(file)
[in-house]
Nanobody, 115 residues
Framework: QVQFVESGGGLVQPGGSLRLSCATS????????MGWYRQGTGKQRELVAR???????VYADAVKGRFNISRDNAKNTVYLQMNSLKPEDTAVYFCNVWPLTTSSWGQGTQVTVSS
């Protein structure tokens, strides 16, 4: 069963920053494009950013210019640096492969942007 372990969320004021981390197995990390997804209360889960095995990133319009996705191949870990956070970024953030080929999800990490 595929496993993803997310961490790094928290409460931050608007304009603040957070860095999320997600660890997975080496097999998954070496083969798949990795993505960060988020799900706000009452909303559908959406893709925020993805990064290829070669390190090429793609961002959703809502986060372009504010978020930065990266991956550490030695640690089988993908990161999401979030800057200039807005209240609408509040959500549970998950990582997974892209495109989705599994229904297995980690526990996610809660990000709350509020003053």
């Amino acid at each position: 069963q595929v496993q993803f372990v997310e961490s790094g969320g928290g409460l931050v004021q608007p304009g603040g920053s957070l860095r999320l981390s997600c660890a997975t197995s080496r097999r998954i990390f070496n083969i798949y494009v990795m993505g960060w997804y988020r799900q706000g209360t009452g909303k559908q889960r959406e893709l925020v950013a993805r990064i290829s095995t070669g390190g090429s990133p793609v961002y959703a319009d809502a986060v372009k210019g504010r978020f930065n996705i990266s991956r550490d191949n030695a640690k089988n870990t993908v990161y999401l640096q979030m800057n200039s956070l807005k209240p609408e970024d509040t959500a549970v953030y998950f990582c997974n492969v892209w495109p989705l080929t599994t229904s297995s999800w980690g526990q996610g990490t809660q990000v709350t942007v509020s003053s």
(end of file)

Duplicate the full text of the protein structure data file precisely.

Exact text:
[in-house]
Nanobody, 115 residues
Framework: QVQFVESGGGLVQPGGSLRLSCATS????????MGWYRQGTGKQRELVAR???????VYADAVKGRFNISRDNAKNTVYLQMNSLKPEDTAVYFCNVWPLTTSSWGQGTQVTVSS
């Protein structure tokens, strides 16, 4: 069963920053494009950013210019640096492969942007 372990969320004021981390197995990390997804209360889960095995990133319009996705191949870990956070970024953030080929999800990490 595929496993993803997310961490790094928290409460931050608007304009603040957070860095999320997600660890997975080496097999998954070496083969798949990795993505960060988020799900706000009452909303559908959406893709925020993805990064290829070669390190090429793609961002959703809502986060372009504010978020930065990266991956550490030695640690089988993908990161999401979030800057200039807005209240609408509040959500549970998950990582997974892209495109989705599994229904297995980690526990996610809660990000709350509020003053």
């Amino acid at each position: 069963q595929v496993q993803f372990v997310e961490s790094g969320g928290g409460l931050v004021q608007p304009g603040g920053s957070l860095r999320l981390s997600c660890a997975t197995s080496r097999r998954i990390f070496n083969i798949y494009v990795m993505g960060w997804y988020r799900q706000g209360t009452g909303k559908q889960r959406e893709l925020v950013a993805r990064i290829s095995t070669g390190g090429s990133p793609v961002y959703a319009d809502a986060v372009k210019g504010r978020f930065n996705i990266s991956r550490d191949n030695a640690k089988n870990t993908v990161y999401l640096q979030m800057n200039s956070l807005k209240p609408e970024d509040t959500a549970v953030y998950f990582c997974n492969v892209w495109p989705l080929t599994t229904s297995s999800w980690g526990q996610g990490t809660q990000v709350t942007v509020s003053s």